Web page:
German Chancellor Angela Merkel has said she believes a stable partnership with Socialist French president-elect Francois Hollande is possible after she backed his rival Nicolas Sarkozy.
In answer to a journalist's question to that effect, the conservative leader said: "Yes, I think I can, because we know that... good Franco-German relations are quite simply very important for both countries."
The question was scripted for a weekly video-podcast issued by Ms Merkel's office ahead of a meeting between Mr Hollande and Ms Merkel on Tuesday.
Mr Hollande, who was elected on 6 May, will fly to Berlin the day of his inauguration after naming his prime minister.
The two leaders are expected to discuss the eurozone crisis and bilateral relations, a chancellery spokesman said.
The Socialist leader had previously promised that his first visit would be to the German capital, where Ms Merkel has said he would be welcomed with "open arms" despite divergent views on the European stability pact.
Ms Merkel's spokesman said yesterday that she "is sure that the traditionally close coordination with France will continue to be the foundation of their work together in Europe - to ensure prosperity, peace and democracy in the long run."
In an interview published by the daily Die Welt, German Foreign Minister Guido Westerwelle also expressed confidence in an "excellent partnership" with Mr Hollande.
"It is not the first time that we will have governments of differing orientations," Mr Westerwelle said, recalling how Christian-Democrat Helmut Kohl and Socialist Francois Mitterrand negotiated terms for German unification in 1990.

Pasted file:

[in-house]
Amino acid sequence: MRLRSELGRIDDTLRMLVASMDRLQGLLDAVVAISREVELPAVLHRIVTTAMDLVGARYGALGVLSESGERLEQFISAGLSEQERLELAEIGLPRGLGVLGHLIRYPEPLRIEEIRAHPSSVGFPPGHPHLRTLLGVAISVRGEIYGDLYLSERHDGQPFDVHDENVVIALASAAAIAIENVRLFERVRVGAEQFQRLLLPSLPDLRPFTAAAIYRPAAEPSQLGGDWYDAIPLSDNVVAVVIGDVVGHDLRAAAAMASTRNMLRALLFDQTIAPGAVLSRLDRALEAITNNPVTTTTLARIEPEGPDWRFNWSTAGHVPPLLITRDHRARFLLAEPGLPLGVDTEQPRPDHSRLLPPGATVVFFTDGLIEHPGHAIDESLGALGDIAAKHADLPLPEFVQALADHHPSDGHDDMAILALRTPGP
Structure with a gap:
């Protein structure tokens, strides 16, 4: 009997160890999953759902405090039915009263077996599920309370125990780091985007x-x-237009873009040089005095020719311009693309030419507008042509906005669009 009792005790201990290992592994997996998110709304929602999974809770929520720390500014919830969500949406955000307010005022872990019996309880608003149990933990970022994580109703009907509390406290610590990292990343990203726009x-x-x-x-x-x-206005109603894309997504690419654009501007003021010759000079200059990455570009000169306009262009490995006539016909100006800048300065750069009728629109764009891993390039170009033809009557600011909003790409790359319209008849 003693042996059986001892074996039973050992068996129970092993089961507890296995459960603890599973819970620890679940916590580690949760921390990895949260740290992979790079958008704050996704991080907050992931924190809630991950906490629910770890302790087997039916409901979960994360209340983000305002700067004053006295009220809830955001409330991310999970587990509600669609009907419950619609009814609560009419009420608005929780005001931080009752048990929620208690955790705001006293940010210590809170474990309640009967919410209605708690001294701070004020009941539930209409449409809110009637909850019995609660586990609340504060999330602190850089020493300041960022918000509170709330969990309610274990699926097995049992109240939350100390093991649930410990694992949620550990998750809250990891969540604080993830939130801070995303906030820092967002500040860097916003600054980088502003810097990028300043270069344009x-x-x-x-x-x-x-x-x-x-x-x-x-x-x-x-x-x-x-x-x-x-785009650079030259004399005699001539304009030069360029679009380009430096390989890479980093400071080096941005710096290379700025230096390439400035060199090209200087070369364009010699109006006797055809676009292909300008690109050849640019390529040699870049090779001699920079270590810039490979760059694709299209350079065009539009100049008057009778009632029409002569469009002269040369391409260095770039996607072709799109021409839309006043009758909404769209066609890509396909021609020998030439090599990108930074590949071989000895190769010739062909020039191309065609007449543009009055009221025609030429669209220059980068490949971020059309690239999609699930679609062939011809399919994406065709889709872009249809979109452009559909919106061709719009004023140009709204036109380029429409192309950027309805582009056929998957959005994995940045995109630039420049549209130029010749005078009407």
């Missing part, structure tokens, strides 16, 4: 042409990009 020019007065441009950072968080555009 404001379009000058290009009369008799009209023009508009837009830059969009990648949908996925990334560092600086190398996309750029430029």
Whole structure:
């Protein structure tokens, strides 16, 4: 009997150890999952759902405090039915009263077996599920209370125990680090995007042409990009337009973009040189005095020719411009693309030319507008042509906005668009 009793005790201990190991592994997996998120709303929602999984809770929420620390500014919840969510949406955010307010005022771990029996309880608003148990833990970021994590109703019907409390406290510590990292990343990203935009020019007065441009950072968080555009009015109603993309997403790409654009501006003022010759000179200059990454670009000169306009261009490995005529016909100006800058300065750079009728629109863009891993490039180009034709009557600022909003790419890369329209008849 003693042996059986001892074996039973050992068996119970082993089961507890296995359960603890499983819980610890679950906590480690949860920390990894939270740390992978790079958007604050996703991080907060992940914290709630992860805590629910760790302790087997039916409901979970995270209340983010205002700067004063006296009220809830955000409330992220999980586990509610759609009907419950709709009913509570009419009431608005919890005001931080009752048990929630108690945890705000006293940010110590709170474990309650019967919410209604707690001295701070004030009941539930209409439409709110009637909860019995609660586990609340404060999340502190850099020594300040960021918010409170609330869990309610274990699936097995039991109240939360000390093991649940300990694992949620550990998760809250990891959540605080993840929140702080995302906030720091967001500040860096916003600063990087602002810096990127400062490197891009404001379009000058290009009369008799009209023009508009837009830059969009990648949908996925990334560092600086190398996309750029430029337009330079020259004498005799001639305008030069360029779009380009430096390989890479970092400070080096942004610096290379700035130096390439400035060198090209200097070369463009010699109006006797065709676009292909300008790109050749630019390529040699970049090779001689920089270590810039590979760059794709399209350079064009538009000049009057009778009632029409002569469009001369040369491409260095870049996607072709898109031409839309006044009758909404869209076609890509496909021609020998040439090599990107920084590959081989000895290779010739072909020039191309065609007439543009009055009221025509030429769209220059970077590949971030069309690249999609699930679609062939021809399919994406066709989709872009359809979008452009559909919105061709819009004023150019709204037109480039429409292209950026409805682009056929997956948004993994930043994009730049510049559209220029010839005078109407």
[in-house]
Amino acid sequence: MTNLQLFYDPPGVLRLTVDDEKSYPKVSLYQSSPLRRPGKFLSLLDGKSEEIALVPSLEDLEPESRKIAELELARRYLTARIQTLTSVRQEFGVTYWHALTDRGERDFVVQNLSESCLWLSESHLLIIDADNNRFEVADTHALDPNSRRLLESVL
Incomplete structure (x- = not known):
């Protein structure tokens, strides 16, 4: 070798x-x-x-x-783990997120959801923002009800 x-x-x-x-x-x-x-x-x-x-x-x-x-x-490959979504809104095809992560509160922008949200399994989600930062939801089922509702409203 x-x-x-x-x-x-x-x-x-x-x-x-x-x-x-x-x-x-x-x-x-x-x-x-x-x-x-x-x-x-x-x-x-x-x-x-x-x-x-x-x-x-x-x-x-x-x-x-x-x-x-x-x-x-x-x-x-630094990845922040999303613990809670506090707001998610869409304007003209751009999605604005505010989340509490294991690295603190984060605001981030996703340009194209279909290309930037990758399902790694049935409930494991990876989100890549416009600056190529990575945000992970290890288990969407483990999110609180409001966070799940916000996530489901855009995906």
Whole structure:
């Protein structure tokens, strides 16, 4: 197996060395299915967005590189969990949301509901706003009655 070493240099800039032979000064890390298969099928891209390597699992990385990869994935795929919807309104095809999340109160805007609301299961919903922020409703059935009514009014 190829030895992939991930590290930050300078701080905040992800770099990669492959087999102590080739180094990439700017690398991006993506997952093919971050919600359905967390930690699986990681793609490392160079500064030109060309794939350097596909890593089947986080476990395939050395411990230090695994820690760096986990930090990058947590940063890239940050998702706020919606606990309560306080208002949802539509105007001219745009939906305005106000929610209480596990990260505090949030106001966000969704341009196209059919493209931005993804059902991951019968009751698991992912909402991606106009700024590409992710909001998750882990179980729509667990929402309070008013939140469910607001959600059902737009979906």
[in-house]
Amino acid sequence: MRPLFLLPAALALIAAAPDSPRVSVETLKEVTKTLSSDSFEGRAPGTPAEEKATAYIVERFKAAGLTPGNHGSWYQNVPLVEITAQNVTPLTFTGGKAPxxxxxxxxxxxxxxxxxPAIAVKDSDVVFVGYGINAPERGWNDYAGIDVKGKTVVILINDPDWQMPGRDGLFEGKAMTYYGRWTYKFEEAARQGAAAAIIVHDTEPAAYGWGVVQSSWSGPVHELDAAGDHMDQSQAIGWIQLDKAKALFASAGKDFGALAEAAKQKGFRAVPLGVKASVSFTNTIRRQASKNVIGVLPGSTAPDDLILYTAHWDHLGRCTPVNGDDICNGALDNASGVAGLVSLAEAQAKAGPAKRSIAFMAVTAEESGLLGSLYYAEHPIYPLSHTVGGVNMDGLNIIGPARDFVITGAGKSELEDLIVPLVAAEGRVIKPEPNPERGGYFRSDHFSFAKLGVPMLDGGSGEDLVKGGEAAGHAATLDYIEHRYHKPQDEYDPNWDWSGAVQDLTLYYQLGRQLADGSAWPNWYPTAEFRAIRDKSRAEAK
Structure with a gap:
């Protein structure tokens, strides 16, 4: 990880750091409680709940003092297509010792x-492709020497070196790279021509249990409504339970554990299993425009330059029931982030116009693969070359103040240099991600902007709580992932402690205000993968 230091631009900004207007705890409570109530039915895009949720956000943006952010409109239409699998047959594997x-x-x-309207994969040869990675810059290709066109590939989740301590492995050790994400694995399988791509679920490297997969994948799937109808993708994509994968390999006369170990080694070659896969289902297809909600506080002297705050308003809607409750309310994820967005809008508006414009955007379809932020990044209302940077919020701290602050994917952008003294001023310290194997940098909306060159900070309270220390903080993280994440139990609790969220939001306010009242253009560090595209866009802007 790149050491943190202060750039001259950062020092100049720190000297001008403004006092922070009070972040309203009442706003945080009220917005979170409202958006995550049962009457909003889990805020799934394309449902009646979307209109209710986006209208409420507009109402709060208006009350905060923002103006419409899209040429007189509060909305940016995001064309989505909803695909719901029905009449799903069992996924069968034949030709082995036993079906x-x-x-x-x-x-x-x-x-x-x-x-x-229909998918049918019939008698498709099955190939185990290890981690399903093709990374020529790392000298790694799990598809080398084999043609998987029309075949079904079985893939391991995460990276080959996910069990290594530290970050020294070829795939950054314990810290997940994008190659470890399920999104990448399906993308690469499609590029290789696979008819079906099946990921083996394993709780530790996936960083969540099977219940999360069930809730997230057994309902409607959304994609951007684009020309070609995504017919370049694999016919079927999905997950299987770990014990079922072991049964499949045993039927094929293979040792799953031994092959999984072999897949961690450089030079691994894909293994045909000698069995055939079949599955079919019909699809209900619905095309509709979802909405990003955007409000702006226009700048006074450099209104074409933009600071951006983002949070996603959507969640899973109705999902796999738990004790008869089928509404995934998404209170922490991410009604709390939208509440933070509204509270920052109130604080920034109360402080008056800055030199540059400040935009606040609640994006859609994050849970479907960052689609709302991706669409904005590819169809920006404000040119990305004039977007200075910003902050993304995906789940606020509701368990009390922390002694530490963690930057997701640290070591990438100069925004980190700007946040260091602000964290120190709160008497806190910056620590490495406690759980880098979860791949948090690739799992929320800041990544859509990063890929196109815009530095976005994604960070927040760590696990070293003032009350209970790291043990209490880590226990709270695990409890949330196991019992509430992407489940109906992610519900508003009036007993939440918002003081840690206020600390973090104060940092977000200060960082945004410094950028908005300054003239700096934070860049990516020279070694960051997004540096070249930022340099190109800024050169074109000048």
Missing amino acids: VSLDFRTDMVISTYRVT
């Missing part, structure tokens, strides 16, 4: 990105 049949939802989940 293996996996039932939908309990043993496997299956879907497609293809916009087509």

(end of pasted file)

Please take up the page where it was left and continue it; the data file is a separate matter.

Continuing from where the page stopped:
France and Germany - Europe's biggest economies - have traditionally been seen as close allies and the motor of European unification.
However, ties have come under strain during the debt crisis, with Mr Sarkozy at first pushing for Germany to allow greater burden-sharing within the eurozone, before backing down and tacitly accepting Ms Merkel's leadership.
Mr Hollande campaigned on a pledge to renegotiate the eurozone's fiscal pact.
Both the German and French leaders have made conciliatory noises since Mr Hollande's election, but the meeting is expected to be tense, with Berlin already insisting the pact cannot be re-opened.
Bundesbank president Jens Weidmann, in an interview published today, flatly rejected the idea, saying: "It is clear that must be refused."
"There is a European custom that you keep to accords you have signed," he told the daily Sueddeutsche Zeitung.
However, observers expect that some kind of compromise can be found, perhaps through a parallel treaty or annex to the pact that would include measures to favour growth alongside the previous deficit-cutting.
Even here, however, divisions would remain, with Mr Hollande favouring joint EU investment in major projects, and Ms Merkel calling for structural adjustments to - in particular - labour markets and pensions.
After the chancellor welcomes Mr Hollande with military honours the pair will hold a joint press conference, to be followed by a working dinner.